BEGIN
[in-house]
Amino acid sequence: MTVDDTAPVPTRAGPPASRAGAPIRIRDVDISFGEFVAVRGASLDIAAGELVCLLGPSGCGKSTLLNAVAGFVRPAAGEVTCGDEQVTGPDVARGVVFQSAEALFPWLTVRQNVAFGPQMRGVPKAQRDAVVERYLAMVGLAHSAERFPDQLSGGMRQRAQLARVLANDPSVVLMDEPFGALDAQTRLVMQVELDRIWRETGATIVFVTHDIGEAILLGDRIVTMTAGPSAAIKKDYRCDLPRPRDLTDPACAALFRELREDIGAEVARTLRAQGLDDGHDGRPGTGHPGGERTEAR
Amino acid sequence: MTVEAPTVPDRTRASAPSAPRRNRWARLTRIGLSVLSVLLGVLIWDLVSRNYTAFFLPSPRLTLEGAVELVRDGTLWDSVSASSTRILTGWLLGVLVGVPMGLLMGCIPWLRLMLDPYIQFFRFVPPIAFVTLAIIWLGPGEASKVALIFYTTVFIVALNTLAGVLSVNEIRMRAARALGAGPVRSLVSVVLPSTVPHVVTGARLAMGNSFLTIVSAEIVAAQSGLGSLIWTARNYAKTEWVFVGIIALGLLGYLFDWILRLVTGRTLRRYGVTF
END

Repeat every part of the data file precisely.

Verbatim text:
[in-house]
Amino acid sequence: MTVDDTAPVPTRAGPPASRAGAPIRIRDVDISFGEFVAVRGASLDIAAGELVCLLGPSGCGKSTLLNAVAGFVRPAAGEVTCGDEQVTGPDVARGVVFQSAEALFPWLTVRQNVAFGPQMRGVPKAQRDAVVERYLAMVGLAHSAERFPDQLSGGMRQRAQLARVLANDPSVVLMDEPFGALDAQTRLVMQVELDRIWRETGATIVFVTHDIGEAILLGDRIVTMTAGPSAAIKKDYRCDLPRPRDLTDPACAALFRELREDIGAEVARTLRAQGLDDGHDGRPGTGHPGGERTEAR
Amino acid sequence: MTVEAPTVPDRTRASAPSAPRRNRWARLTRIGLSVLSVLLGVLIWDLVSRNYTAFFLPSPRLTLEGAVELVRDGTLWDSVSASSTRILTGWLLGVLVGVPMGLLMGCIPWLRLMLDPYIQFFRFVPPIAFVTLAIIWLGPGEASKVALIFYTTVFIVALNTLAGVLSVNEIRMRAARALGAGPVRSLVSVVLPSTVPHVVTGARLAMGNSFLTIVSAEIVAAQSGLGSLIWTARNYAKTEWVFVGIIALGLLGYLFDWILRLVTGRTLRRYGVTF